International donors and multilateral agencies have pledged about $3 billion in aid to help rebuild Nepal as it struggles to recover from a devastating earthquake. The Himalayan nation got the largest pledges from its two giant neighbors, India and China.
Hailing Nepal’s steely determination and indomitable spirit, India’s foreign minister Sushma Swaraj announced $ 1 billion assistance to the country.
It was the largest pledge made at an International Donors Conference hosted Thursday by Kathmandu.
“Every challenge is an opportunity friends, out of adversity comes strength. Without doubt, from the debris of destruction a stronger, united and more confident Nepal will arise,” said Sushma Swaraj.
Chinese Foreign Minister Wang Yi pledged about half the sum promised by India — $ 483 million. He said his country is committed to sustainable development of the Himalayan nation.
Both India and China have been competing for influence in Nepal and were the first to rush in rescue teams after the nation was hit by the massive earthquake two months ago.
Japan pledged $ 260 million, the United States $ 130 million, and the European Union another $ 100 million. Agencies such as the World Bank and the Asian Development Bank have announced aid of $ 500 million and $ 600 million respectively.
The total amount pledged by various donors is less than the $ 6.7 billion that Nepal estimates it will need to recover from the massive earthquake that killed over 8,800 people. More than half a million homes and buildings were flattened or damaged while lost incomes in the tourist-dependent nation have pushed an estimated 700,000 people into poverty.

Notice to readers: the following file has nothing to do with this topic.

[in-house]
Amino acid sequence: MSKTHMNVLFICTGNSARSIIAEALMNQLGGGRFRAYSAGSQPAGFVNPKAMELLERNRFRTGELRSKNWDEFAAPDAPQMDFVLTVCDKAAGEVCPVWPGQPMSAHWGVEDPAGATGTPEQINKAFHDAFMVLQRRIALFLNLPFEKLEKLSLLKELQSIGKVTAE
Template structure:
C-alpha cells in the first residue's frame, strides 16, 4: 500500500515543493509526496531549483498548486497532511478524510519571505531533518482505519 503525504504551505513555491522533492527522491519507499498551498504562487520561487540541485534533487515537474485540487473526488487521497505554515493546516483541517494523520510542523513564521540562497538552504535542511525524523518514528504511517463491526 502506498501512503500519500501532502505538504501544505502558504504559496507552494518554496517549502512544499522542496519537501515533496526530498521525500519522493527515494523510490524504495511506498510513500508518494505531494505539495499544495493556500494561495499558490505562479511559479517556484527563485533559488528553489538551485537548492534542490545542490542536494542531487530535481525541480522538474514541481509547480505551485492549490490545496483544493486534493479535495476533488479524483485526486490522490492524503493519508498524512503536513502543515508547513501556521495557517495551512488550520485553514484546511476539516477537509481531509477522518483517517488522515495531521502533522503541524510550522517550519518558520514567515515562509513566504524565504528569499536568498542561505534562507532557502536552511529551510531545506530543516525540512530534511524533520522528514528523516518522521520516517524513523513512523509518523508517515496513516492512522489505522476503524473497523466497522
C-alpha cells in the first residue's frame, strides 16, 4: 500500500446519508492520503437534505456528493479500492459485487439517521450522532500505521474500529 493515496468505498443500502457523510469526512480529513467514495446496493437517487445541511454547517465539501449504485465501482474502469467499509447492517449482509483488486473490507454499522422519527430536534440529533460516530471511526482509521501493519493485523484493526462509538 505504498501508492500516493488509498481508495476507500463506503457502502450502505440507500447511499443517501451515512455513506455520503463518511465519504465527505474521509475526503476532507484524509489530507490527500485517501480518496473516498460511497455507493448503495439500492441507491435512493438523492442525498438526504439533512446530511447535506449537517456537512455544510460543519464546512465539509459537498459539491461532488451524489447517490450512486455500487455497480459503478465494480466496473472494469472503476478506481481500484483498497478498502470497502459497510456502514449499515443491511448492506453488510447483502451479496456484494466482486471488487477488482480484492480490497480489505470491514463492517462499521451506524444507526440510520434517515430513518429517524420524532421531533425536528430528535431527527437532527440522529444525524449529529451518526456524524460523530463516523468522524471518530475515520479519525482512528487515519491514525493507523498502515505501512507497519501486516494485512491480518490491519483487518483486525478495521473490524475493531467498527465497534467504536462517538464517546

Efficient use of pledges
But even as the international community promised billions of dollars, concerns were voiced whether the money will be utilized efficiently by a country dogged for years by political instability, corruption and massive bureaucratic delays.
That concern was underlined by World Bank president Jim Yong Kim, who said in a video message, “It’s not just about money… just as important is how these funds are spent.”
The Nepalese prime minister, Sushil Koirala, tried to ally such fears as he addressed delegates. He vowed “zero tolerance” to corruption and said that the government will leave no stone unturned to ensure that the aid reaches the intended beneficiaries.
But in a country where mistrust of the political leaders runs deep, such assurances did not carry much conviction. Publisher-editor of the weekly Nepali Times newspaper, Kunda Dixit, says the government is under the spotlight for lack of accountability.
“The record in the past month or so has been that a lot of the aid has been obstructed, blocked or sent to party strongholds, some even sold. It’s not happening across the board, but there is enough of that happening for a lot of leakage and wastage to take place,” said Dixit.
Other commentators in Kathmandu such as Yubaraj Ghimire echo those fears. He points out that there have been no elections for local bodies for over 17 years.
“In absence of the local bodies, you know, whether there will be good, effective monitoring at the grass root level, these are apprehensions, this is an issue the government will be judged by,” said Ghimire.
At the same time, aid officials also called on donors to follow-up on their pledges with concrete action. They pointed to Haiti’s example, where donors pledged billions of dollars following an earthquake in 2010, but dragged their feet in actually implementing projects.